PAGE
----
When I moved house earlier this year I kind of mostly forgot to consider one of the things Gloucester is most recently famous for - flooding. (although mostly it doesn't matter as my flat is on the first floor)
And last week it rained an awful lot. I checked twitter on Sunday morning to see a whole pile of tweets from @Glos_Police about overnight road closures. Flash flooding and rubbish drainage there, I think, but obviously all that water was also headed for the rivers...
So all the media rush to Tewkesbury, because that's an easy target and you get to use... continue reading »
It actually snowed in Gloucestershire yesterday! A bit surprising, given the anti-snow bubble that I'm sure usually exists...
Of course, by the time I'd finished watching rugby/football/eating dinner and decided to venture outside to take some pics, the snow had turned into rain. So my camera got a bit wet, my fingers froze, and I couldn't be arsed to spend ages taking lots of arty photos.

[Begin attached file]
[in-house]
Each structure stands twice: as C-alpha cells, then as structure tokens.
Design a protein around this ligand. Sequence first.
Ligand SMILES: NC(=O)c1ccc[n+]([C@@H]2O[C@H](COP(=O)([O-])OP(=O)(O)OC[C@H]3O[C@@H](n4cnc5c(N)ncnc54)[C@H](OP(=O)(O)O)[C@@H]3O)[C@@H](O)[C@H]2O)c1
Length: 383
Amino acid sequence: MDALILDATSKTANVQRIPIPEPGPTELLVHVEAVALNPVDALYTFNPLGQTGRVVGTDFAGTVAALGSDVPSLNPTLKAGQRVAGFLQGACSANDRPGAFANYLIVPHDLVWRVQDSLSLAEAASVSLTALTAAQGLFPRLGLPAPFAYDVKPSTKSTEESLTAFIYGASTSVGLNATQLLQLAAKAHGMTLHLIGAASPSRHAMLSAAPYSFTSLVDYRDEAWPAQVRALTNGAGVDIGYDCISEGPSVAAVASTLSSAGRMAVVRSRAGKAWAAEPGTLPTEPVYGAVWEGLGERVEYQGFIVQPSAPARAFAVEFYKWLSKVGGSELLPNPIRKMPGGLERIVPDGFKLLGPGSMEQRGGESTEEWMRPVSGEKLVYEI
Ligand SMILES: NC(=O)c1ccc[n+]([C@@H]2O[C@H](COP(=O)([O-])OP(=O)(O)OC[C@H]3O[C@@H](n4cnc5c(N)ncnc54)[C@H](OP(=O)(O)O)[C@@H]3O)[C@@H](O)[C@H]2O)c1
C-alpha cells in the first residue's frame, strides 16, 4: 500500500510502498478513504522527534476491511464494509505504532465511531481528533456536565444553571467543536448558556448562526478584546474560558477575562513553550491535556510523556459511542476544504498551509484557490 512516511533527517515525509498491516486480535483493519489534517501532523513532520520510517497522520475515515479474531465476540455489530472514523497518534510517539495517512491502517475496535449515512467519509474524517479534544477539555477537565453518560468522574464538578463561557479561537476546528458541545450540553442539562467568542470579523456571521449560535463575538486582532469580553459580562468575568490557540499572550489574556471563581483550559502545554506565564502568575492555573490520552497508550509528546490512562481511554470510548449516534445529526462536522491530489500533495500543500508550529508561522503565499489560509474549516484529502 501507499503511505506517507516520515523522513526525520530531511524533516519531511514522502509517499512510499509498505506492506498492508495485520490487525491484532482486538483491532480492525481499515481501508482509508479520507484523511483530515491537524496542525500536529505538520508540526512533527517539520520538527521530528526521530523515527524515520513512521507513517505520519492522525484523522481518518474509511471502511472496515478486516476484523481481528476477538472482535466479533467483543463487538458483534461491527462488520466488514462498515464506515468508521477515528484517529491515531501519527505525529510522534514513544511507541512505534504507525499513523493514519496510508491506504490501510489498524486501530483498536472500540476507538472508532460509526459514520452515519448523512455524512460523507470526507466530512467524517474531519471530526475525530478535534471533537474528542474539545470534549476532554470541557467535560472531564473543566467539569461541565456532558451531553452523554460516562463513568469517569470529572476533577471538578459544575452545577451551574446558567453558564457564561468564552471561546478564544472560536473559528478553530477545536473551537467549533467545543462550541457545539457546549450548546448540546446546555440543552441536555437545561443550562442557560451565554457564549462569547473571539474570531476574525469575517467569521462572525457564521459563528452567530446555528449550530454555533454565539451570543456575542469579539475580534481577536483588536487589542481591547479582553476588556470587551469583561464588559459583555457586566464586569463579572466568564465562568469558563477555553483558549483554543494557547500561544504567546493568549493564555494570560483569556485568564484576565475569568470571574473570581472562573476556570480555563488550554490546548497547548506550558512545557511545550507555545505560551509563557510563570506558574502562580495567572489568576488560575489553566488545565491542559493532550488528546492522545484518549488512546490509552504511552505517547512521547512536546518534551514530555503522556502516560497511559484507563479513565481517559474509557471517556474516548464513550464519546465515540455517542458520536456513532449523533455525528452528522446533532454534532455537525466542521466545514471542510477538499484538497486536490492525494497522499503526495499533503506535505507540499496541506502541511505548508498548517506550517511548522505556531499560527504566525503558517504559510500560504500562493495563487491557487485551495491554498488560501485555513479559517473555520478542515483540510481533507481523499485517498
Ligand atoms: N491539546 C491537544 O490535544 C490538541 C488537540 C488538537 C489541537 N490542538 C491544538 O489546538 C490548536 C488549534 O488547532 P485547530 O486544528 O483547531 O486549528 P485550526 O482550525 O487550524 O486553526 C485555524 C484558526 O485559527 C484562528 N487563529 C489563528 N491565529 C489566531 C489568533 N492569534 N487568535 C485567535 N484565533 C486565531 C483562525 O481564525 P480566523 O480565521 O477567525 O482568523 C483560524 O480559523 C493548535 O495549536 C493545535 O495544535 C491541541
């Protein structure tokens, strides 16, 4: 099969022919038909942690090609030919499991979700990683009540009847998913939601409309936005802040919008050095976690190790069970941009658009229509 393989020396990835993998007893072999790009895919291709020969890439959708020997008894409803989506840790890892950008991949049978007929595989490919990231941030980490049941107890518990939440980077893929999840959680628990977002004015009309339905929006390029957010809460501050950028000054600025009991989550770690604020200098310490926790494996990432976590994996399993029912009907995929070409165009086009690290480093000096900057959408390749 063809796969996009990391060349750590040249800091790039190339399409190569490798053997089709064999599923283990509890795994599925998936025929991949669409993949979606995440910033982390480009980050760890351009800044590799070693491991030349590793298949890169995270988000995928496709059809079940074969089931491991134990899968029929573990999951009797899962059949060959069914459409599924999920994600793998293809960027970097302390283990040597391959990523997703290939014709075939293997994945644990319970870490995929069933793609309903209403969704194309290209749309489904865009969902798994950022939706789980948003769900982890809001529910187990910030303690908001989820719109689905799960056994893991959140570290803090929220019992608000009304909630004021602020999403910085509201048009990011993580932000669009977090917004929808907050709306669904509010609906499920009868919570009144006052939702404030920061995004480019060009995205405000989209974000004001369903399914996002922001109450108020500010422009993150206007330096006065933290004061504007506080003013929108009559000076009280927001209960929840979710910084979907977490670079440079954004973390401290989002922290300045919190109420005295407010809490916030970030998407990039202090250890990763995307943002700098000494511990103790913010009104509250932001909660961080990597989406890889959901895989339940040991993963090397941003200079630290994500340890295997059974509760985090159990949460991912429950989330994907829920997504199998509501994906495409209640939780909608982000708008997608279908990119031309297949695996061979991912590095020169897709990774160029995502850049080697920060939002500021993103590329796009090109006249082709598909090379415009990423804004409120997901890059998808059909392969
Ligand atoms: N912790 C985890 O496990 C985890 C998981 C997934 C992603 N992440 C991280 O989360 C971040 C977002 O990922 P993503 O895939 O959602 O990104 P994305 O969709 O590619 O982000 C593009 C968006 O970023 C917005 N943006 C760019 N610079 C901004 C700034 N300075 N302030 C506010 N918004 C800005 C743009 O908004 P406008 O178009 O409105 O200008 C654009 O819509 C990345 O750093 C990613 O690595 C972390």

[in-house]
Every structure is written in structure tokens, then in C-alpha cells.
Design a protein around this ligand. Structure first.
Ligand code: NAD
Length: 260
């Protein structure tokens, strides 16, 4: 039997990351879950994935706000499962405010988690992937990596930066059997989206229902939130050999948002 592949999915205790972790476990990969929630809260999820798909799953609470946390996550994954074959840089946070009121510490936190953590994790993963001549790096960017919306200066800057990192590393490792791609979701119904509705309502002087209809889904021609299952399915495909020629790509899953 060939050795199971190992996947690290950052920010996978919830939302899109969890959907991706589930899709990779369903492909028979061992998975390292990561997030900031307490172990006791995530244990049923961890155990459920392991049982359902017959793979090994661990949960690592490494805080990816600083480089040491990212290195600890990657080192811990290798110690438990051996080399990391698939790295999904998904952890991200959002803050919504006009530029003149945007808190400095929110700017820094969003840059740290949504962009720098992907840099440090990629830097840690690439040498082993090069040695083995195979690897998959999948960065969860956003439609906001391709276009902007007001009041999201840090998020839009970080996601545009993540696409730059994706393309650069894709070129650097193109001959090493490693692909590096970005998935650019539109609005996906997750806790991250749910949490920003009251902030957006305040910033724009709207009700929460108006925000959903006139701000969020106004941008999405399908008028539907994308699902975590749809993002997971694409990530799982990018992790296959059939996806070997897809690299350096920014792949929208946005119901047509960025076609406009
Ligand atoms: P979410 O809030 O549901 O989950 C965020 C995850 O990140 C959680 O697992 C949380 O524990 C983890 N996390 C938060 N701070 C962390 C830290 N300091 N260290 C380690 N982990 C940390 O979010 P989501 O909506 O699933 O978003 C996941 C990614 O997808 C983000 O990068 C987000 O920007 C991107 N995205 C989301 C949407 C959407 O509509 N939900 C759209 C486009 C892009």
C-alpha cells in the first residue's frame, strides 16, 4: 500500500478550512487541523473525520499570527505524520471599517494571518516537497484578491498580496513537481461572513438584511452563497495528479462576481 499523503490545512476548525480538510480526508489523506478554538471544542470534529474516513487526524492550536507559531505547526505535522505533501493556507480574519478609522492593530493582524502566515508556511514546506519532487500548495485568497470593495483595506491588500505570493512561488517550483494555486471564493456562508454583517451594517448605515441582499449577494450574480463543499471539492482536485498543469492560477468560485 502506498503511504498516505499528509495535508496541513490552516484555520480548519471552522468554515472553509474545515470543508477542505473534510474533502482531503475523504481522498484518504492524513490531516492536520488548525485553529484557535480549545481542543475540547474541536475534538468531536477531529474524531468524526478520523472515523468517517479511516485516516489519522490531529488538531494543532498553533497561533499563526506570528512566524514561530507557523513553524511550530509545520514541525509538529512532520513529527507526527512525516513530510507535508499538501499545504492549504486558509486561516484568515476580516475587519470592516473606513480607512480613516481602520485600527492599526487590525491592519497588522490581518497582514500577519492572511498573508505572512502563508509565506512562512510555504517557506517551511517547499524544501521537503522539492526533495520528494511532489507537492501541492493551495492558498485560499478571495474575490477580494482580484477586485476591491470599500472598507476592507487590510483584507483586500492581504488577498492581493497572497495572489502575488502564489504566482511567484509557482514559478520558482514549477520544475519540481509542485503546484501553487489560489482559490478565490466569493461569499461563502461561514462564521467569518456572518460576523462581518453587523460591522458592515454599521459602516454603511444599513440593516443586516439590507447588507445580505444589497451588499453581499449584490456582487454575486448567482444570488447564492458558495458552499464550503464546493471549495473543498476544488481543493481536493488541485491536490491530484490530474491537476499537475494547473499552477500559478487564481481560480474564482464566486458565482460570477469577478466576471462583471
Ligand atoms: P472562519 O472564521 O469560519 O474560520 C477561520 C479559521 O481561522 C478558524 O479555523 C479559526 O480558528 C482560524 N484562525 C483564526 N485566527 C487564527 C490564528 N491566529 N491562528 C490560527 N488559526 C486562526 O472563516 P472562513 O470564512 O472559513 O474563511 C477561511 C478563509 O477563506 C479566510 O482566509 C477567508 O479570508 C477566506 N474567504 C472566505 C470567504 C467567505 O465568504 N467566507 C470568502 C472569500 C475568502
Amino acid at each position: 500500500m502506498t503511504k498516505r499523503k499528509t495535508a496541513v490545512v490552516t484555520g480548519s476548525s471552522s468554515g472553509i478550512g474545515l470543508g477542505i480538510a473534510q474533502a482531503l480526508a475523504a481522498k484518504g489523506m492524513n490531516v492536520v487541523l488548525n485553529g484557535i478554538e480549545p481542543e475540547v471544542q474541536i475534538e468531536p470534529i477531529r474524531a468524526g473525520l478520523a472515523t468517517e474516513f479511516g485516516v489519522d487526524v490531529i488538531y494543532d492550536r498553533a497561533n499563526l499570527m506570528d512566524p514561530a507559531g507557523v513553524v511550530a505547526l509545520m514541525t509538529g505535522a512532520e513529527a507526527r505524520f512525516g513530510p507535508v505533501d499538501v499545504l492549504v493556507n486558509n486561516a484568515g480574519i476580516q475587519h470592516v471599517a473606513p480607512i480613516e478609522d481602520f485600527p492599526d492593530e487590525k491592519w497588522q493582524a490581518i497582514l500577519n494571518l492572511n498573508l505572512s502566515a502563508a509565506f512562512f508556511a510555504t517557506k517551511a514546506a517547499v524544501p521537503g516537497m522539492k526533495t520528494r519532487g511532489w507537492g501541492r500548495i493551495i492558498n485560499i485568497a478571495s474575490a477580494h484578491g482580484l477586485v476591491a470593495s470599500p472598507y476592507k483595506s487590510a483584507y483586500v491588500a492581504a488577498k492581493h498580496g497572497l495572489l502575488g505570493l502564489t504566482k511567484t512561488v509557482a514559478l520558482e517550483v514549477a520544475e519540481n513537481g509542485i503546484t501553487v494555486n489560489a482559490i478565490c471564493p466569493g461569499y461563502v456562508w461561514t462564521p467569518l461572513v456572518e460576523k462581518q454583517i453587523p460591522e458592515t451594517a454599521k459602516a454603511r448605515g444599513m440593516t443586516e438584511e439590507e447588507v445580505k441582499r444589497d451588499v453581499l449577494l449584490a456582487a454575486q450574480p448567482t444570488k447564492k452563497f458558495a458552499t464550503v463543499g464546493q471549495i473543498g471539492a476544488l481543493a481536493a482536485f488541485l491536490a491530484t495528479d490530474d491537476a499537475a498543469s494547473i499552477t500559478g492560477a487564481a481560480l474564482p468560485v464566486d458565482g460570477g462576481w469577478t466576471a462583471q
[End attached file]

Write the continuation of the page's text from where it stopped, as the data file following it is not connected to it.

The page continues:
Today there is very little sign of any snow - but the rest of the country seems to be covered, and everything has ground to a halt. Normal service is resumed!
I bought some new walking boots. No more squished toes and worn down soles!
Good excuse for a quick wander up the local highpoint - Robinswood Hill. A mighty 198m above sea level, topped with trig point, some sort of jubilee beacon and another pillar that probably should have a toposcope on it, but in fact just had holes and bits of old glue/cement. Useful.